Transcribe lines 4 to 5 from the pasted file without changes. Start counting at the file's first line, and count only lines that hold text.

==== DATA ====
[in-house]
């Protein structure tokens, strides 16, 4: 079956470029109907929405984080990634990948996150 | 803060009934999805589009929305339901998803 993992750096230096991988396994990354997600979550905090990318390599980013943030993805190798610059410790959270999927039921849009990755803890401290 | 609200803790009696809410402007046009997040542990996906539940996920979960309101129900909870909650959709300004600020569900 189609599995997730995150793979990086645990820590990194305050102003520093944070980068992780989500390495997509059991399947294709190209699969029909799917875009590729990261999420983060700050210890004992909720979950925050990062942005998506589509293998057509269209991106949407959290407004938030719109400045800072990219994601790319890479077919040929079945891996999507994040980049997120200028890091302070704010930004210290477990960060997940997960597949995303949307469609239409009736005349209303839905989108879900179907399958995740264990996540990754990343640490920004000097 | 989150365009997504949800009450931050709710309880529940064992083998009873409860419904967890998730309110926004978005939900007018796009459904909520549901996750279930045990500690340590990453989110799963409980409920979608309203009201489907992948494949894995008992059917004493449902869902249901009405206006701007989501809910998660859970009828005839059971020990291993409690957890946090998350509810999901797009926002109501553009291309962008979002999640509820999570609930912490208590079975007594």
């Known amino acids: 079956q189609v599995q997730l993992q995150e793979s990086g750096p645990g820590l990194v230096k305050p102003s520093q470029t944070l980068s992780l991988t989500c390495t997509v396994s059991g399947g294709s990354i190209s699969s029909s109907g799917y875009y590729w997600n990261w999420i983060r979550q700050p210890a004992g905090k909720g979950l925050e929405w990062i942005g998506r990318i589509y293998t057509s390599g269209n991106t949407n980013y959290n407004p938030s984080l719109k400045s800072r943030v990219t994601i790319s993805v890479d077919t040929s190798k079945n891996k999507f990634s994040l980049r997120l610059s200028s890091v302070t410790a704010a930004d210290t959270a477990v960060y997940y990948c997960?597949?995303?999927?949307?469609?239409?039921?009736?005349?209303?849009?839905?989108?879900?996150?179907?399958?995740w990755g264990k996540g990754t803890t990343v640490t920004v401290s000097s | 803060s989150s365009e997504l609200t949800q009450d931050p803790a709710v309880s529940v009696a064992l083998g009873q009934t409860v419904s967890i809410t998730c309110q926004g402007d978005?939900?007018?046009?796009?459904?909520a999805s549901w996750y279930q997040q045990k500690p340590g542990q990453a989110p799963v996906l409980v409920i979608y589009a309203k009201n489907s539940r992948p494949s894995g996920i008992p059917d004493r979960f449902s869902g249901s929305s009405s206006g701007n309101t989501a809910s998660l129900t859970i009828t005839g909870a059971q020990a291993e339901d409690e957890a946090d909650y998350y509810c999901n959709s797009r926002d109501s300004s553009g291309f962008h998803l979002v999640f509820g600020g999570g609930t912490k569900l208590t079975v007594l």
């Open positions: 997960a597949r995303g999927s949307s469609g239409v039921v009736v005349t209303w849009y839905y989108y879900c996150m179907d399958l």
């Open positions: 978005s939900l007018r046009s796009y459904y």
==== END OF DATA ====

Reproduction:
């Open positions: 997960a597949r995303g999927s949307s469609g239409v039921v009736v005349t209303w849009y839905y989108y879900c996150m179907d399958l």
């Open positions: 978005s939900l007018r046009s796009y459904y």